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In this blog post, there are three main sections: (1) First, I will first round up my free printables related to composition and improvisation. (2) Then, I’ll list some blog post links to some articles that discuss how to integrate improvisation and composition into your teaching. (3) Finally, I will tell you about two paid resources from my shop you might find useful for teaching composition and improvisation to your piano students.

I hope you’ll discover — or rediscover — some fun resources you can use in your teaching!

Continue reading “Roundup: Composition/Improvisation Resources for Piano Teachers”
Teaching Piano

My 6 Favorite Office Supply Items as a Piano Teacher

Office supplies are always a teacher’s joy! I thought it would be fun to put together a post compiling my go-to pens, pencils, and other office items. Below, you’ll find a handy list with photos and links of the supplies I like to have near my fingertips while teaching piano lessons. (I’m currently still teaching my lessons online for now due to Covid-19 pandemic, but I keep these items on hand regardless and I bet you might like them, too!)

Please enjoy, and share your own favorite office supplies in the comments at the end of this post!

Continue reading “My 6 Favorite Office Supply Items as a Piano Teacher”
Performances, Technology, Videos

Tutorial: Combining Videos to Create an “Piano Duet” Video

Back in May, I shared about how I organized a virtual recital for my students. In that post, I briefly mentioned how I combined two videos to create “duet” videos for a couple of my students. Today, I’d like to share how I accomplished this “duet” video magic, so you can try it for yourself if you’d like!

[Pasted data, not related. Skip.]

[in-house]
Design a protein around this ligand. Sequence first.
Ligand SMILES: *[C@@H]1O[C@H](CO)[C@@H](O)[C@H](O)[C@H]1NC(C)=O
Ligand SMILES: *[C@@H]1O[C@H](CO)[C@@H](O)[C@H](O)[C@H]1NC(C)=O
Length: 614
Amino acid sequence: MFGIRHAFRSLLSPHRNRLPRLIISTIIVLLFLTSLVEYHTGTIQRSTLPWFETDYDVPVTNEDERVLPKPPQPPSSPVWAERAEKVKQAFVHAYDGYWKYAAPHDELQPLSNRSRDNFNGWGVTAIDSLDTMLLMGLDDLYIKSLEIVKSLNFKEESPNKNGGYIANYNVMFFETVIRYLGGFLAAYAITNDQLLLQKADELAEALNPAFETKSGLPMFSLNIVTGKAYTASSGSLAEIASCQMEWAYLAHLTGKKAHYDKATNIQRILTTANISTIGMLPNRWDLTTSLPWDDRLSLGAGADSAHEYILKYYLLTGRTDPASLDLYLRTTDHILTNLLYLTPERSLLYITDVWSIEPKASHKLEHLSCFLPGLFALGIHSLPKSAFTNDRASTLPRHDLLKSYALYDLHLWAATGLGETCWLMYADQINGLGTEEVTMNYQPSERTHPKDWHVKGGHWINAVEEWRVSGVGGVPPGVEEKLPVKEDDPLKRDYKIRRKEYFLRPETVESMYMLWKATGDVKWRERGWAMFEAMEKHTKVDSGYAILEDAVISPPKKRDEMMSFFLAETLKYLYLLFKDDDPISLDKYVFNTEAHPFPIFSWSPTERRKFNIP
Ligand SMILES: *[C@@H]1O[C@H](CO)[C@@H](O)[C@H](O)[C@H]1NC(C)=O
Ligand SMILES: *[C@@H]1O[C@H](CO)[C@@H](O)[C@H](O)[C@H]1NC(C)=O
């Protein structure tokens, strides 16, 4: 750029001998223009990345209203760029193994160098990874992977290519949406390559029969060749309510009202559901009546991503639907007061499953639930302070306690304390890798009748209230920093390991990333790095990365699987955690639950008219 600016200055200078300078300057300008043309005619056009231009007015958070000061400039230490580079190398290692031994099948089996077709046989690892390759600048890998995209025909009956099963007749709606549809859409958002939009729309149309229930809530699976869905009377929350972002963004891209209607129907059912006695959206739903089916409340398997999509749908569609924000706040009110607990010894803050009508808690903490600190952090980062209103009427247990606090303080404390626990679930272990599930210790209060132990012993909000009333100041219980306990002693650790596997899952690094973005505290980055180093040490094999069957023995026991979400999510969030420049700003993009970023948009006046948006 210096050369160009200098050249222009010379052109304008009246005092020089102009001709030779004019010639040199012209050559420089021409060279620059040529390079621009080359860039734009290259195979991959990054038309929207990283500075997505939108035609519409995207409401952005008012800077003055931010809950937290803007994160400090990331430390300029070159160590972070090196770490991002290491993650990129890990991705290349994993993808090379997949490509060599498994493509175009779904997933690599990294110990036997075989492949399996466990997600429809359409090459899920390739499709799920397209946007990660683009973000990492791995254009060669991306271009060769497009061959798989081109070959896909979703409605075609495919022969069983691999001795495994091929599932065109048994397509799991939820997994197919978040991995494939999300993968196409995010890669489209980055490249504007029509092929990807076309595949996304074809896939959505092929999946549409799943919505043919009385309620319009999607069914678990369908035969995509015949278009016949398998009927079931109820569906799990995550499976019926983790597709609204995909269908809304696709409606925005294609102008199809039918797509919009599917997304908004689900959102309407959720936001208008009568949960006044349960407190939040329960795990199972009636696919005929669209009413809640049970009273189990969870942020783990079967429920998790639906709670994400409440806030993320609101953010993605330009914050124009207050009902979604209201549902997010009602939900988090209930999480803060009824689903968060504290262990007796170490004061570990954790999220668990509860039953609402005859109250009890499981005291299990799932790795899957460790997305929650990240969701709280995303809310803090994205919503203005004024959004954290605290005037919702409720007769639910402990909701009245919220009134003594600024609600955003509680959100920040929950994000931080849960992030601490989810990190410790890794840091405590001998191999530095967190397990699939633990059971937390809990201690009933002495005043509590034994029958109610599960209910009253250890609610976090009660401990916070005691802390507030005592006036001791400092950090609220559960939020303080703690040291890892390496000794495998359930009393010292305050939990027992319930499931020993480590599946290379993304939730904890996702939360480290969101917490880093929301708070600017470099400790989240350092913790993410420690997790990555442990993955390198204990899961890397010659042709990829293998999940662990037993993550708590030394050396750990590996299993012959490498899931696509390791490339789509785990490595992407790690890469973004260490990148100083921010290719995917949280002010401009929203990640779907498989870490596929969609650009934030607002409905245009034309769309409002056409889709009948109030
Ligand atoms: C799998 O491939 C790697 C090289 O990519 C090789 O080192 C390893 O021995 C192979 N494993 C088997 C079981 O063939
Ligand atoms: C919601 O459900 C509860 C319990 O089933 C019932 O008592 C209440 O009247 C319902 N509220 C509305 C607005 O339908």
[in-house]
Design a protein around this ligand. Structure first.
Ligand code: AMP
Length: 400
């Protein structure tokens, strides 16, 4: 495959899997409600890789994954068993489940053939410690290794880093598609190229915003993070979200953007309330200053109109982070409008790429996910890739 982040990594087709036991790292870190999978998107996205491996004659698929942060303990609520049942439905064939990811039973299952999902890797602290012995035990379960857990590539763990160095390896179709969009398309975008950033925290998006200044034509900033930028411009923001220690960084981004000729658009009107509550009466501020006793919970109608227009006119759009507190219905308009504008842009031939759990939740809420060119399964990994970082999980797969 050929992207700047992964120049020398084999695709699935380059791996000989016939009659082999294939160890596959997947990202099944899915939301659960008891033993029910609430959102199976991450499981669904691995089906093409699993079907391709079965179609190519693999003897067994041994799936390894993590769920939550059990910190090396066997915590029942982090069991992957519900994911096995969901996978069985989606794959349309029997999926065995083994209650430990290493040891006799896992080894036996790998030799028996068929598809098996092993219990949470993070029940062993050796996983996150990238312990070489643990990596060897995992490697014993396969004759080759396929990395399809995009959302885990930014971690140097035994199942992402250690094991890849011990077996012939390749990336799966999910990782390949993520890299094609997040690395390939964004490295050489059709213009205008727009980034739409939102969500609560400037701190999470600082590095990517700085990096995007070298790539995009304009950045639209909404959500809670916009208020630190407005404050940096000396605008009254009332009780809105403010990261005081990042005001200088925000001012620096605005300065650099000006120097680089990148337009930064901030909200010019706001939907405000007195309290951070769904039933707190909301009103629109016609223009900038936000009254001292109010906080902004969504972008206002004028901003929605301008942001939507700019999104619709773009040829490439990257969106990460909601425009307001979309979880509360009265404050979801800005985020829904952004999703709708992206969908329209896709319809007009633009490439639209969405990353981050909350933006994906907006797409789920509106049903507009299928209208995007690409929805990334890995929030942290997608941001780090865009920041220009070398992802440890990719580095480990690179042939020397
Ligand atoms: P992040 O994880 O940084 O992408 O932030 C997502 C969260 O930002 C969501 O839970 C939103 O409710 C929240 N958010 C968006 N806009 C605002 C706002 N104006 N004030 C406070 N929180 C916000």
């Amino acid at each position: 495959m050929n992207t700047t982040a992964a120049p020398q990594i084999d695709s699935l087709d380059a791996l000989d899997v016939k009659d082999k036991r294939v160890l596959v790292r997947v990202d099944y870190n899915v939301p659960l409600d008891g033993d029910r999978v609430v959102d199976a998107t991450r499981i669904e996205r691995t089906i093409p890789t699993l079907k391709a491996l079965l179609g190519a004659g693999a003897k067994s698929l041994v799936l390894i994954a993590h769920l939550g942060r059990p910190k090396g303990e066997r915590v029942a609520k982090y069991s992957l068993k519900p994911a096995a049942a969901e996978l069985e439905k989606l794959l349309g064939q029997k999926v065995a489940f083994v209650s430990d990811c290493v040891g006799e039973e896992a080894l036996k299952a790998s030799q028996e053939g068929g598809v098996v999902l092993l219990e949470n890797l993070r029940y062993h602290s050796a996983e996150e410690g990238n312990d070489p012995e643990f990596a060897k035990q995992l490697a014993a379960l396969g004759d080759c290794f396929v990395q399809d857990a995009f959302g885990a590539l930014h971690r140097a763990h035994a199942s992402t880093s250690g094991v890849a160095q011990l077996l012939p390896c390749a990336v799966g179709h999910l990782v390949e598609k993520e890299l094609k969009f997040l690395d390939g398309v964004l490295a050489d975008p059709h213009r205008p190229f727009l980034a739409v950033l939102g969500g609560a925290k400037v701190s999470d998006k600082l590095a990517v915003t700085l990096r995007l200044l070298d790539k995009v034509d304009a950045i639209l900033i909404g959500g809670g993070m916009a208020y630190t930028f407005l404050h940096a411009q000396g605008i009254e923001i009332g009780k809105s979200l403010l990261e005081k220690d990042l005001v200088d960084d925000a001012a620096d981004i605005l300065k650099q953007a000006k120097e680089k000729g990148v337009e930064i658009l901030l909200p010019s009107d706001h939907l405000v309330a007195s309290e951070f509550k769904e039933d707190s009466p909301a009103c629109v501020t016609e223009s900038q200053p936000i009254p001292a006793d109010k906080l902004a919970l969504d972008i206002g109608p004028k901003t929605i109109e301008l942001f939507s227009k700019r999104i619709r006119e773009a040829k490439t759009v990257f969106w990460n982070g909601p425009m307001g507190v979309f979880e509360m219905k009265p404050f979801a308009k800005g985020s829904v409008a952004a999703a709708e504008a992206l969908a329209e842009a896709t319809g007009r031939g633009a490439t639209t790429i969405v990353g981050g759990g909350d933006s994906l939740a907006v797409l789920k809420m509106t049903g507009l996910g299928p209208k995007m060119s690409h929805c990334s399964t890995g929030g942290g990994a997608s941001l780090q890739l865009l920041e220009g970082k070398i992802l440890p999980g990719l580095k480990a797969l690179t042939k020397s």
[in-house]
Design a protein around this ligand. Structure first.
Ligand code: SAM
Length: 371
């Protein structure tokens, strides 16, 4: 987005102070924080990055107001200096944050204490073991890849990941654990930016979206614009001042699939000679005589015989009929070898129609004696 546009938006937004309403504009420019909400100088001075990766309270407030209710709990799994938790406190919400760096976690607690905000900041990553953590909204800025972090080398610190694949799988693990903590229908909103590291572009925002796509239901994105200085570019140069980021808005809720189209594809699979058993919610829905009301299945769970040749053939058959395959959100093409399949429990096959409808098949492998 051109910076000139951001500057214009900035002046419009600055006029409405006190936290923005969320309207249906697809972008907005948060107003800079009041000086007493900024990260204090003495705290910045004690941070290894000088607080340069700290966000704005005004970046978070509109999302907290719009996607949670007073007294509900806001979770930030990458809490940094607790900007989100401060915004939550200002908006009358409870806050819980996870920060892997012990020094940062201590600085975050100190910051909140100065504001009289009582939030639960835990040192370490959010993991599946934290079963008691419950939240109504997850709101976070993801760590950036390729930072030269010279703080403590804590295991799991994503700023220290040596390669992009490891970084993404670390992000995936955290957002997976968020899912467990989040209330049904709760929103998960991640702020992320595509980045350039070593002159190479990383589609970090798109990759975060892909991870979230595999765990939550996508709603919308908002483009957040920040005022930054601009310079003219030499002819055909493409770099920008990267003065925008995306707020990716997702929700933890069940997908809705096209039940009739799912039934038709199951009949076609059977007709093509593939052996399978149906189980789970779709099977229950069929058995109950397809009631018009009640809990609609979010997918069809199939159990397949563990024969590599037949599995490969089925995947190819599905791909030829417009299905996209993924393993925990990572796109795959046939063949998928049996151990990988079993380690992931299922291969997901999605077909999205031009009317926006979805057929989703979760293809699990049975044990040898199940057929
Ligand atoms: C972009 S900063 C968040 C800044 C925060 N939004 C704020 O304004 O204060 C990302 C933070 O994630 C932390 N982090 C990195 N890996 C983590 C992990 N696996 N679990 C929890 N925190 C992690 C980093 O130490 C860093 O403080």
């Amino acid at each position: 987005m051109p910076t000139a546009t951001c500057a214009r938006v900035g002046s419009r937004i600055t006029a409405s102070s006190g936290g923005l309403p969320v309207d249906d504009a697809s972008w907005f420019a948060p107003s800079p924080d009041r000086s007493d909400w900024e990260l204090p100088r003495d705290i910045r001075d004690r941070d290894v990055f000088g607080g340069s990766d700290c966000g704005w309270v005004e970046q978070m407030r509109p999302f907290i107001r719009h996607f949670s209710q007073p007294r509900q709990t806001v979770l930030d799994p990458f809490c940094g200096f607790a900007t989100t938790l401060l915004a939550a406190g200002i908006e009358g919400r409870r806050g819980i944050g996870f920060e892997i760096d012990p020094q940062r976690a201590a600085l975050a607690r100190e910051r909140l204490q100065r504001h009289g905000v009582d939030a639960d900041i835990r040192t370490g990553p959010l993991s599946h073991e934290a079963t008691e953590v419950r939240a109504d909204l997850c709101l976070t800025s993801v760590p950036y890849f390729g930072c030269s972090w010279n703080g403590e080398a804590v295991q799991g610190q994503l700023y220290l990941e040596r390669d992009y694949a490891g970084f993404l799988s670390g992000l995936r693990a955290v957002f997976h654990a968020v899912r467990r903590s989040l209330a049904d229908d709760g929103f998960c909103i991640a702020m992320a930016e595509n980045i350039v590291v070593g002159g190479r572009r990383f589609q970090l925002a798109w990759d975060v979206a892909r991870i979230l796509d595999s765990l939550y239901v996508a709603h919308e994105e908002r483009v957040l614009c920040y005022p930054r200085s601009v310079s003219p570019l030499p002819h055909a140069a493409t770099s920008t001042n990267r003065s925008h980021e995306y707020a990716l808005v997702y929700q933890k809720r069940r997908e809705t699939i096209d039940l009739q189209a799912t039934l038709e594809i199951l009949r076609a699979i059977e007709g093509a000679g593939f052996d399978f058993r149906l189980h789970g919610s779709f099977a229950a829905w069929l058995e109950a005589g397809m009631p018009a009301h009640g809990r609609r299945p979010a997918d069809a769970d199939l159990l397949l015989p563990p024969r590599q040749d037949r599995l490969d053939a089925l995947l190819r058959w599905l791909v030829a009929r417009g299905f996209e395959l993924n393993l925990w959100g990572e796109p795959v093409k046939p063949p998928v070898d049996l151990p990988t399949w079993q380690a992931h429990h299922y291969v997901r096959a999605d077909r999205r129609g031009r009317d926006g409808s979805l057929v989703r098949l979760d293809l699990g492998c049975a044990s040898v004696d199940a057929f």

First of all, here’s an example of what I’m talking about. In this video, you’ll see a beginner student playing the rote piece “I Love Coffee” (from the Shaaks and of Piano Safari method fame), accompanied by me playing the teacher duet.

Below, I will share the steps for how to create and combine a student video and a teacher video to create a “piano duet” video. This technique is similar to that used by many YouTube musicians — you’ve probably seen the type. Even if you already know how to do this, I hope perhaps you’ll gain at least a helpful tip or two from this post!

Step 1: Acquire Student Video

The basic process is that one person records their video first, so that the other person can use it as a guide (using earbuds) while recording the second video. The first person’s video determines the tempo throughout the piece, which the second person must follow and match.

Continue reading “Tutorial: Combining Videos to Create an “Piano Duet” Video”
Announcements

In The Shop: “Notes To Self” Wall Art

It’s here! I’ve been hinting about this on instagram all week. I’m so excited to today share with you a project I’ve been working for the past few months.

Inspired by a project I saw at my town’s local university campus, I decided to create something similar for my piano students. I call it the “Notes To Self” wall art.

Those who approach the “Notes To Self” wall art are encouraged by the sign to “Take one to-go, for you or somebody else!”

The quotes and sayings were chosen with positivity and encouragement in mind. They’re fun to admire, and it’s fun to pick out one to take with you. My students are enjoying this!

I drew all of the quotes and sayings myself by hand — but the designs have been digitized so they can be printed out directly onto the sticky notes using the template shown below. Easy! (Learn more about the template here.)

These “Notes To Self” sticky notes are a great way to promote positivity and camaraderie among your students. Continue reading “In The Shop: “Notes To Self” Wall Art”